Google has already made its mark at YouTube, a PR mark. One week after officially taking over the YouTube reigns, Google is doing what it does best, spinning tales of Googley-and now YouTube-goodenss.
Google YouTube announced to the world: “After one month, CBS content among most viewed videos on YouTube, Nearly 30 Million Views Since Partnership Began”
What happened a month ago? Two things, just hours apart :
1) CBS and YouTube “strike strategic partnership,”
2) Google reported it is “to acquire” YouTube.
In announcing last month, first, its strategy with CBS, YouTube described the relationship as a “content and advertising partnership”:
The deal calls for the CBS Television Network, its premium television service provider, Showtime Networks Inc., as well as its basic cable/digital media service, CSTV Networks, Inc., to offer the YouTube community a wide variety of short-form video programming from its news, sports and entertainment divisions on a daily basis beginning this month. YouTube and CBS will share revenue from advertising sponsorships of CBS Videos.
Leslie Moonves, President and CEO of CBS Corporation, said, last month:
This strategic partnership is a unique development in CBS’s continuing initiative to monetize our industry-leading content across new distribution platforms. We’re now able to offer select entertainment, news and sports programming to a new significant audience, get paid for it, and learn a few things along the way.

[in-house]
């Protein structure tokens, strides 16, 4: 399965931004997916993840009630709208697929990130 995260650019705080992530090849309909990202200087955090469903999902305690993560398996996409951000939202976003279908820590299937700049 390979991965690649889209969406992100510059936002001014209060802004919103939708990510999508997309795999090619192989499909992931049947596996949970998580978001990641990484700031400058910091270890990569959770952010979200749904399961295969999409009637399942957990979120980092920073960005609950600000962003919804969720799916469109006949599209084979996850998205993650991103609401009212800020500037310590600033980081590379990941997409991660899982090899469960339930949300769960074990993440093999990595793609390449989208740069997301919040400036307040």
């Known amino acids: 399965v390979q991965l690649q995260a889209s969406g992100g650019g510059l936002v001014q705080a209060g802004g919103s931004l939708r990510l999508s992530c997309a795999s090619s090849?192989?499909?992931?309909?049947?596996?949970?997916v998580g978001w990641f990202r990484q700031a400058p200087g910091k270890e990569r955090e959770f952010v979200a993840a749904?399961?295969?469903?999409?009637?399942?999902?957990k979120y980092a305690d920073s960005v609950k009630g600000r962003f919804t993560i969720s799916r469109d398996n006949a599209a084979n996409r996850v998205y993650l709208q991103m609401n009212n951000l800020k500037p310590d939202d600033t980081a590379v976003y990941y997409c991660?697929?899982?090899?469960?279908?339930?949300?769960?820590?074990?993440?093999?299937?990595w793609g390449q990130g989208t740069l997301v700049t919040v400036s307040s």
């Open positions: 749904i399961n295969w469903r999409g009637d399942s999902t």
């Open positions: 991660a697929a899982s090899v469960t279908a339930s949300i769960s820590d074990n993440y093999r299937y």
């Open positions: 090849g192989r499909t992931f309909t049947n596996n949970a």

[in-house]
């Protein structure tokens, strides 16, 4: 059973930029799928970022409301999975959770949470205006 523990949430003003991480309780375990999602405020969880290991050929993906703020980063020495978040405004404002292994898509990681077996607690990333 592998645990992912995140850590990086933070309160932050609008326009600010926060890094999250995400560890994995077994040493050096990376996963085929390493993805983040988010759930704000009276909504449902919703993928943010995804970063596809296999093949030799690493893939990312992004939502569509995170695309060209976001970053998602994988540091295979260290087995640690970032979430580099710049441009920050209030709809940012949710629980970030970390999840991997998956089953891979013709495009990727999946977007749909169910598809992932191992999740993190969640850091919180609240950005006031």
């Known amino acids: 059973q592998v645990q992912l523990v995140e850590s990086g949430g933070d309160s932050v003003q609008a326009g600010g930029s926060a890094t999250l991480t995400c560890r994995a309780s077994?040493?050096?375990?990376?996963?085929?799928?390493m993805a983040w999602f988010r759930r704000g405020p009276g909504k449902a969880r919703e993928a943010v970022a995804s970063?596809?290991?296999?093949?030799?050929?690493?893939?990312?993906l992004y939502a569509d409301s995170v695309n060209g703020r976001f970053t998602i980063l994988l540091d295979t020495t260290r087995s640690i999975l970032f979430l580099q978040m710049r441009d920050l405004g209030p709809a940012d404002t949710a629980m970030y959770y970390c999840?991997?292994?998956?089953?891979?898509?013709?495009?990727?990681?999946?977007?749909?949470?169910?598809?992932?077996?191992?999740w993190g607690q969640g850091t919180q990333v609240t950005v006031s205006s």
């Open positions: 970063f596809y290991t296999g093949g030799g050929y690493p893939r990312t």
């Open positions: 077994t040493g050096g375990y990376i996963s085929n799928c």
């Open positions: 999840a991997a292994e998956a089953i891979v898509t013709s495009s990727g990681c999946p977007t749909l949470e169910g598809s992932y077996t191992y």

Why is CBS doing a public celebration with YouTube now? Has YouTube enabled CBS to “monetize” its content so that CBS has gotten “paid for it"?
Not according to Quincy Smith, President, CBS Interactive:
What’s most exciting here is the extent to which CBS is learning about its audience as never before.
Smith may be excited about his month long “learning” experience with YouTube. The shareholders he works on behalf of, however, are undoubtedly hoping to be excited over getting “paid for it."
The Google-YouTube-CBS public collaborative pat on the back does not include any such excitement via monetization. The free entertainment enjoyed by the YouTube “community,” thanks to CBS, is what is touted:
YouTube users are clearly being entertained by the CBS programming they’re watching as evidenced by the sheer number of video views.
What does the “sheer number of video views” do for CBS? Google, YouTube and CBS ‘believe’
in the power of YouTuber love:
Ratings for the network’s late night programs, in particular, have shown notable increases. CBS’s “Late Show with David Letterman” has added 200,000 (+5%) new viewers while “The Late Late Show with Craig Ferguson” is up 100,000 viewers (+7%) since the YouTube postings started. Although the success of these shows on YouTube is not the sole cause of the rise in television ratings, both companies believe that YouTube has brought a significant new audience of viewers to each broadcast.